Interview with Vanessa Green Allen, School Counselor and Author

    Vanessa Green Allen has been a school counselor since 2004. Prior to her counseling career, she worked for 13 years as a second-grade teacher. She has a Bachelor of Arts in Elementary Education and a Master of Education in Counseling and is a National Board Certified Teacher in School Counseling. Vanessa is also a published author of two books for kids on dealing with bullying and handling feelings.

    1. Prior to becoming a school counselor, you spent more than a decade as a second-grade teacher. What prompted this shift in your career?

    vanessa-green-allenWhen I was in the classroom, I always enjoyed when the school counselor came to visit my students. I liked the idea of being the person who could focus on the emotional well-being of children and encourage good character. I was also drawn to students who were having difficulties and trying to find ways to help them so they could do their best in school. I thought it would be pretty cool to be able to make that my primary focus. I’ve wanted to be a teacher since elementary school, so being able to continue to “teach” was important to me also. In school counseling, I’m still able to teach students regularly, but I’m also able to work closely with students needing extra support whether it’s socially, emotionally or academically.

    2. You’ve written two books – The No More Bullying Book for Kids and Me and My Feelings: A Kids’ Guide to Understanding and Expressing Themselves. What inspired you to begin writing?

    Somewhere in the back of my mind, I always thought I would write a book. I wasn’t sure what it would be about or when. I started blogging in 2012 and began to write regular posts to share ideas with other school counselors. It was my blog that opened up the opportunity for me to write my first book, The No More Bullying Book for Kids. One day in December 2017, I was contacted by the publisher who discovered my blog. My first book was officially released in June of 2018. My most recent book, Me and My Feelings, released officially on October 1, 2019, by the same publisher.

    3. You’ve shared that you love all things Disney. Do you find this passion useful in working with kids, and how so?

    I can’t say that I use my Disney passion in my work with kids. I do share pictures of me in my “ears” with the castle in the background and I’ll dress in a Minnie Mouse theme for special dress-up days like pajama day or silly hat/crazy socks day. That’s really about it though.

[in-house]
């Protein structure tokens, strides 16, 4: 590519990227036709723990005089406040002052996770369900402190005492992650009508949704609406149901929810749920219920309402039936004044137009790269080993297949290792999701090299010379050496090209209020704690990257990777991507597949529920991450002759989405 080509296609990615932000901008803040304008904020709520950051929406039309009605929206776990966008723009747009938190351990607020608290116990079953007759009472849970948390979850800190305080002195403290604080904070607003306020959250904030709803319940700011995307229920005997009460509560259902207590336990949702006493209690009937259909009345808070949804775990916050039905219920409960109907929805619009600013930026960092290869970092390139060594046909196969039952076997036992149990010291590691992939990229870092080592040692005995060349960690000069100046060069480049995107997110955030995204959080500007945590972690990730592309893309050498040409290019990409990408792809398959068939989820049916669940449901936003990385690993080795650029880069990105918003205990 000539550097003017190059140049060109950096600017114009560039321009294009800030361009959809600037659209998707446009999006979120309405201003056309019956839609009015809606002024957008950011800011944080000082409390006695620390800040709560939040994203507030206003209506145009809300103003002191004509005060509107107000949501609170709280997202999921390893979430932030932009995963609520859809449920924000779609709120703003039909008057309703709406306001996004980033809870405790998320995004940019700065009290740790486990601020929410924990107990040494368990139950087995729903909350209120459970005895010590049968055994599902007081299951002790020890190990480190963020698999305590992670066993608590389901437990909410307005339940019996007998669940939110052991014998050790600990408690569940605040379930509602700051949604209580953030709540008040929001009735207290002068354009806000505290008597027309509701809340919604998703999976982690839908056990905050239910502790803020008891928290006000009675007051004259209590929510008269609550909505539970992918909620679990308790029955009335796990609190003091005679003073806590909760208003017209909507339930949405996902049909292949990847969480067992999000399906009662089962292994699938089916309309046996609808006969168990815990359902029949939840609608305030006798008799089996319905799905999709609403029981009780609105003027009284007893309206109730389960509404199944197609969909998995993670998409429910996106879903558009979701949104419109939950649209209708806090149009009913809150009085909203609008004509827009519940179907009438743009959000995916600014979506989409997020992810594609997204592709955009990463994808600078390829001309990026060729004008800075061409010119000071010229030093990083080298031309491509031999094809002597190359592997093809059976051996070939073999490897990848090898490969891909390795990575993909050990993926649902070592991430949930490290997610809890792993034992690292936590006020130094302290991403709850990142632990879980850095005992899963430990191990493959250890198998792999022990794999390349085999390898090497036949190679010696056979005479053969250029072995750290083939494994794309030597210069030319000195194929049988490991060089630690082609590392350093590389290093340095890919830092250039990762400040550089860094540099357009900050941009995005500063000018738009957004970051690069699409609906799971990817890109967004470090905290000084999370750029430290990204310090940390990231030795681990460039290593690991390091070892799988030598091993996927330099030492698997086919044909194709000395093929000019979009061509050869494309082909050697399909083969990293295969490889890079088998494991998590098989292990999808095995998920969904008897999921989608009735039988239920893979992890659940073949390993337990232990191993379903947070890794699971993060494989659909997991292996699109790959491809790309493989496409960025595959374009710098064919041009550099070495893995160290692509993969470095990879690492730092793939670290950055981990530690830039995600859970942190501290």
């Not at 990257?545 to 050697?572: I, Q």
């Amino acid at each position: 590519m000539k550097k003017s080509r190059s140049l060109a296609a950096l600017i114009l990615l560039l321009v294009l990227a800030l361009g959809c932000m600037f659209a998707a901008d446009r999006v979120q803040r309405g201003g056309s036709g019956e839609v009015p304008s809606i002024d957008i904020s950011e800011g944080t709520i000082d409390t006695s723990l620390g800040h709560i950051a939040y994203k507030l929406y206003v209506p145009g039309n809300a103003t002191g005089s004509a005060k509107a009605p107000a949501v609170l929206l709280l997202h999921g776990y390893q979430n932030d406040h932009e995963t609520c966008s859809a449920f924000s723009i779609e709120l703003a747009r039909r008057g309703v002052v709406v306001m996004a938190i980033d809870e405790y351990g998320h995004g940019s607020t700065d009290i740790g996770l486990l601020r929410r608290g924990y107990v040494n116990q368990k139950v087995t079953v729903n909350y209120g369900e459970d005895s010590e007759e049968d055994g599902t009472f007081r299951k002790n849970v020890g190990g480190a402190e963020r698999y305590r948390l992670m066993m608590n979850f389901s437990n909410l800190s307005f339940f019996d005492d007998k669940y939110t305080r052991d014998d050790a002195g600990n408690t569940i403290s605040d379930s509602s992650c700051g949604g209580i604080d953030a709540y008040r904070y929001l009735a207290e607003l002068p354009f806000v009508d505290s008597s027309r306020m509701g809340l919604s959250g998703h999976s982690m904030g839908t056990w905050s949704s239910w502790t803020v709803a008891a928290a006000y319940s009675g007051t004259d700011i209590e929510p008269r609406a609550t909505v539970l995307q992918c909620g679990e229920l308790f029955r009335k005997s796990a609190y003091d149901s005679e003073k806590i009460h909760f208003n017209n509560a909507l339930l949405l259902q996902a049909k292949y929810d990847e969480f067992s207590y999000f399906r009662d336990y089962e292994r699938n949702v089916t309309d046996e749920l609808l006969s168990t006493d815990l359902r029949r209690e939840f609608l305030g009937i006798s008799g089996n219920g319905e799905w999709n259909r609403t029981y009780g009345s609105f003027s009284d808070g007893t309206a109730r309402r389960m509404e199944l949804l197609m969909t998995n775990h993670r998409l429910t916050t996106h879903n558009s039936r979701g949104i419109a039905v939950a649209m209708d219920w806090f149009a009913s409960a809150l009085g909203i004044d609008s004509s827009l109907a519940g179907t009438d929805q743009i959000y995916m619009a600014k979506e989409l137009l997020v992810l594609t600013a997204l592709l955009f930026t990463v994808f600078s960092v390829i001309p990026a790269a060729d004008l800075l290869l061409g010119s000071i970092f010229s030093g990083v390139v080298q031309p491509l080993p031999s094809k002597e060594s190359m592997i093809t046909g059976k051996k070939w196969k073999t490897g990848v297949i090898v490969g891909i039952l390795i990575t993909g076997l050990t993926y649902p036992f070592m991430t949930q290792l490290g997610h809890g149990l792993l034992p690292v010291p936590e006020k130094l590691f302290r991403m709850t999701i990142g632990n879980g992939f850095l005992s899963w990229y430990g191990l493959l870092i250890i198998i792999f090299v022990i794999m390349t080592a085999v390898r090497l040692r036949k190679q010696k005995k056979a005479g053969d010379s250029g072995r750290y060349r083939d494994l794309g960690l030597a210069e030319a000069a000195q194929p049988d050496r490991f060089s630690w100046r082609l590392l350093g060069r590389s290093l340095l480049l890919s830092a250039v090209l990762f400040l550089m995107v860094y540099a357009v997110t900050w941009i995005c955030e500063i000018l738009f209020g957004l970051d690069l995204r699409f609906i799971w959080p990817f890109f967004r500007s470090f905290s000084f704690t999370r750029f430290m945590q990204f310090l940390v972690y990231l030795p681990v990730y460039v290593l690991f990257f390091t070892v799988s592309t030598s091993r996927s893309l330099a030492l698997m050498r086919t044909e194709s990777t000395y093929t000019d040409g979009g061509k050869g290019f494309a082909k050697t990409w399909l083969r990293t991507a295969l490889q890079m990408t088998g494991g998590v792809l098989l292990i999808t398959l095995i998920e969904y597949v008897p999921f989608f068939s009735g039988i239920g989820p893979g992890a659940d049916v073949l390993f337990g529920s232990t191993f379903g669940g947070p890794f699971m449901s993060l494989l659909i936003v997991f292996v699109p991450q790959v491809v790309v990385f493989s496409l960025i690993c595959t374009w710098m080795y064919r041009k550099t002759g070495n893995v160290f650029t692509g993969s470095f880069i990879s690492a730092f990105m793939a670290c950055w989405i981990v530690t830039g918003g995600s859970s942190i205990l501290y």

4. What would you advise prospective students to look for when choosing a counseling degree program?

    I believe it’s important to make sure the program you choose is accredited to ensure you are getting a quality education. Of course, having options for online learning has become more and more important throughout the years since I got my master’s. I believe most schools are offering on-campus and online options unless the college is strictly an online model. Having hosted several school counseling interns, I’ve learned that internships and practicum are done in a variety of ways. I think it’s important to have a full-time internship where you actually spend quality time in your school setting learning the ins and outs of the profession under the leadership of your site supervisor. I’ve had interns whose internships were for the entire school year, and I’ve had some who only came two or three days a week for a semester. I also like the idea of spending part of the internship in an elementary setting and the other part in a middle or high school setting. This allows you to really get an idea of where you fit best.

    5. Are there professional development opportunities you would recommend to early-career counselors?

    I recommend counselors attend their annual state conferences and the annual ASCA National Conferences. I wish someone had encouraged me to do this early on. Conferences are wonderful learning opportunities and a great time for networking. I always leave conferences feeling excited about my profession and geared up to try something new in my school counseling program.

    6. What is the proudest moment of your professional career?

    This is hard to choose. I was very proud in 2009 when I first became a National Board Certified Teacher in the area of School Counseling. For anyone who has achieved this honor, you know it takes a lot of work and time. I was so nervous going into the process, knowing that many have had to make multiple attempts to certify. I was fortunate to certify on my first attempt. Additionally, becoming an author for the first time in 2018 was surreal for me and a very proud time in my career.

    Our thanks to Vanessa for sharing her time and insights with us. To find out more about her books, or the resources she recommends to counselors, visit her blog, Savvy School Counselor.